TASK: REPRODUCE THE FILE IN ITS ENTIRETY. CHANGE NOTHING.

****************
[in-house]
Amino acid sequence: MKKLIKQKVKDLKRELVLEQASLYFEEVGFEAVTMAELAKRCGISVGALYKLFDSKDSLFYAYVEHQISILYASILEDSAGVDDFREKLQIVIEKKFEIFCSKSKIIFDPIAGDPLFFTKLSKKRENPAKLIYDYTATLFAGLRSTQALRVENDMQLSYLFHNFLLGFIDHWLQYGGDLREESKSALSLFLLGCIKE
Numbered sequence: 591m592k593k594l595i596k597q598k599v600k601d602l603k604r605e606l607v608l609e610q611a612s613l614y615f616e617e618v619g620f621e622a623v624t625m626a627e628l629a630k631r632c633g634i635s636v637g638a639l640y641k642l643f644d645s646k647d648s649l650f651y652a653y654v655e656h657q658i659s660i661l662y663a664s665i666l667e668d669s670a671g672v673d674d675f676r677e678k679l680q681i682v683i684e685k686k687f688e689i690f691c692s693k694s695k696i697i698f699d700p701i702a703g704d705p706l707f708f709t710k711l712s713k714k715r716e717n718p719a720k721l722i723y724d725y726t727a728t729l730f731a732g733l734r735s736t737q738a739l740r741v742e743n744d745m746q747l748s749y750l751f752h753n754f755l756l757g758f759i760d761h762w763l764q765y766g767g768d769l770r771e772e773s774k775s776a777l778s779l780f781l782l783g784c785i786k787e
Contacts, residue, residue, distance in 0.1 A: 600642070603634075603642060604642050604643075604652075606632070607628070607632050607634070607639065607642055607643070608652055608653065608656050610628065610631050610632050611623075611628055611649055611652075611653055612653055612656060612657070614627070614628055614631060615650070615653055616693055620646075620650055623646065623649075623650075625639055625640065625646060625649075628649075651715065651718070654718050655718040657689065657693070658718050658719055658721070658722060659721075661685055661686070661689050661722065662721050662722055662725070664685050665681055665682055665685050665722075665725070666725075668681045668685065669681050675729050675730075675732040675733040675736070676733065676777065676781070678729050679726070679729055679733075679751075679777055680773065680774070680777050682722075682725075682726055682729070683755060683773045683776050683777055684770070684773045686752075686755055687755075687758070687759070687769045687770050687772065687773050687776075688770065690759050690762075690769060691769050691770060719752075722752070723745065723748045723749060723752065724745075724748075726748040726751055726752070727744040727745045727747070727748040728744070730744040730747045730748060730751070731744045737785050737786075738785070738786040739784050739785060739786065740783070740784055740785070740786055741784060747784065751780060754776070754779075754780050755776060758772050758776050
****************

[in-house]
Amino acid sequence: MKKLIKQKVKDLKRELVLEQASLYFEEVGFEAVTMAELAKRCGISVGALYKLFDSKDSLFYAYVEHQISILYASILEDSAGVDDFREKLQIVIEKKFEIFCSKSKIIFDPIAGDPLFFTKLSKKRENPAKLIYDYTATLFAGLRSTQALRVENDMQLSYLFHNFLLGFIDHWLQYGGDLREESKSALSLFLLGCIKE
Numbered sequence: 591m592k593k594l595i596k597q598k599v600k601d602l603k604r605e606l607v608l609e610q611a612s613l614y615f616e617e618v619g620f621e622a623v624t625m626a627e628l629a630k631r632c633g634i635s636v637g638a639l640y641k642l643f644d645s646k647d648s649l650f651y652a653y654v655e656h657q658i659s660i661l662y663a664s665i666l667e668d669s670a671g672v673d674d675f676r677e678k679l680q681i682v683i684e685k686k687f688e689i690f691c692s693k694s695k696i697i698f699d700p701i702a703g704d705p706l707f708f709t710k711l712s713k714k715r716e717n718p719a720k721l722i723y724d725y726t727a728t729l730f731a732g733l734r735s736t737q738a739l740r741v742e743n744d745m746q747l748s749y750l751f752h753n754f755l756l757g758f759i760d761h762w763l764q765y766g767g768d769l770r771e772e773s774k775s776a777l778s779l780f781l782l783g784c785i786k787e
Contacts, residue, residue, distance in 0.1 A: 600642070603634075603642060604642050604643075604652075606632070607628070607632050607634070607639065607642055607643070608652055608653065608656050610628065610631050610632050611623075611628055611649055611652075611653055612653055612656060612657070614627070614628055614631060615650070615653055616693055620646075620650055623646065623649075623650075625639055625640065625646060625649075628649075651715065651718070654718050655718040657689065657693070658718050658719055658721070658722060659721075661685055661686070661689050661722065662721050662722055662725070664685050665681055665682055665685050665722075665725070666725075668681045668685065669681050675729050675730075675732040675733040675736070676733065676777065676781070678729050679726070679729055679733075679751075679777055680773065680774070680777050682722075682725075682726055682729070683755060683773045683776050683777055684770070684773045686752075686755055687755075687758070687759070687769045687770050687772065687773050687776075688770065690759050690762075690769060691769050691770060719752075722752070723745065723748045723749060723752065724745075724748075726748040726751055726752070727744040727745045727747070727748040728744070730744040730747045730748060730751070731744045737785050737786075738785070738786040739784050739785060739786065740783070740784055740785070740786055741784060747784065751780060754776070754779075754780050755776060758772050758776050